BRIGHTON — Former District Attorney Don Quick will be running as a Democrat candidate for Attorney General in the 2014 election.
Quick was a prosecutor for the last 25 years and joined the Adams County District Attorney’s Office in 1988 as chief ceputy. He was promoted five years later to oversee the county court, felony court and juvenile court. Quick served as the juvenile chief ceputy for Attorney Gen. Ken Salazar in 1999, was promoted to chief ceputy of the Attorney General’s office in 2002 and served two terms as Adams County District Attorney from 2005 through 2012. He is currently the chief deputy supervisor for the DA’s Broomfield office.
One of the hallmarks of Quick’s career, he said, has been working on the link between education and juvenile crime, something he is very passionate about.
“If you intervene in positive ways with kids early on, you have a better impact on them doing well in school and not going into the justice system,” he said.
Throughout his career, Quick has worked on a number of initiatives to keep juveniles in school and out of the justice system. He’s worked with school districts to develop a truancy initiative which provided better interventions for truant students brought to court. He has also implemented the Adams County Youth Initiative, reduced juvenile filings by 44 percent and reduced direct files for violent crimes committed by juveniles by 92 percent.
Quick said the justice system can do a better job of pushing juveniles in the right direction and is equally as passionate about the disproportionate number of minority citizens going to jail.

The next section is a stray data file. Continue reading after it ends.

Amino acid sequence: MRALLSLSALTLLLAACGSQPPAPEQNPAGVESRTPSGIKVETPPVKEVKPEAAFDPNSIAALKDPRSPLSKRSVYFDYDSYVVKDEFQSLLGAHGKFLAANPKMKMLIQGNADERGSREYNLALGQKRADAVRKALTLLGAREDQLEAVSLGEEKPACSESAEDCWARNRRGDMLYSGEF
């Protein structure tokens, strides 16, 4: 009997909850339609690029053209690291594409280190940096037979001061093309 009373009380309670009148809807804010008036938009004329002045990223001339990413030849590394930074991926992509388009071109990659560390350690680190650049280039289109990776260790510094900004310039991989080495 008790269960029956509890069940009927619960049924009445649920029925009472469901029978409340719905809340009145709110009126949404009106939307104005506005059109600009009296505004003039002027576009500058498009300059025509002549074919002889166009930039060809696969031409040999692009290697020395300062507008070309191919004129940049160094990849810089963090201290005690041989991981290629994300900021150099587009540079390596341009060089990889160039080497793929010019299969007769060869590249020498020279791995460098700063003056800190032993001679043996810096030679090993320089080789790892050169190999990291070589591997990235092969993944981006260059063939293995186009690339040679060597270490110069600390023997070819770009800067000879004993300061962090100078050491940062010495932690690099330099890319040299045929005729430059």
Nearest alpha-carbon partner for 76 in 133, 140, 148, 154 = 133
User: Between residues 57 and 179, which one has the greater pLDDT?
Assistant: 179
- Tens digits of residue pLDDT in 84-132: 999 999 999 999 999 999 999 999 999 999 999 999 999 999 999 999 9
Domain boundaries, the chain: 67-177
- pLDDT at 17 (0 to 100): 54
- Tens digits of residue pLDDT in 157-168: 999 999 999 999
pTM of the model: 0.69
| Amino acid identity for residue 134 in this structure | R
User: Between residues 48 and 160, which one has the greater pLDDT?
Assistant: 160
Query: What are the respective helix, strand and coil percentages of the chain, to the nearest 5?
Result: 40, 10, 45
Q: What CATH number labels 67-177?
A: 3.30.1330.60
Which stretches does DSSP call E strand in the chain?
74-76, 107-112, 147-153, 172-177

“We still have significant minority overrepresentation and we’ve had that for the last couple of decades and that’s wrong. Not only do I want to keep kids out of the justice system, I want to make sure that minority kids, kids of color aren’t going into the justice system at a higher rate.”
Additionally, Quick would like to keep an eye on the Environmental Crimes Unit, see if funds used to prosecute Medicaid funds are being used efficiently and work to improve affordable housing opportunities for all citizens.
Quick grew up in Jefferson County, graduated from Wheat Ridge High School and received a bachelor’s degree in economics from the University of Colorado before attending law school there. He met his wife, Kerrie, while in law school, and the couple has resided in Adams County for the last 25 years. They have two sons who are currently in college.
Colorado Attorney General John Suthers, a Republican, is term-limited and cannot run in the 2014 election.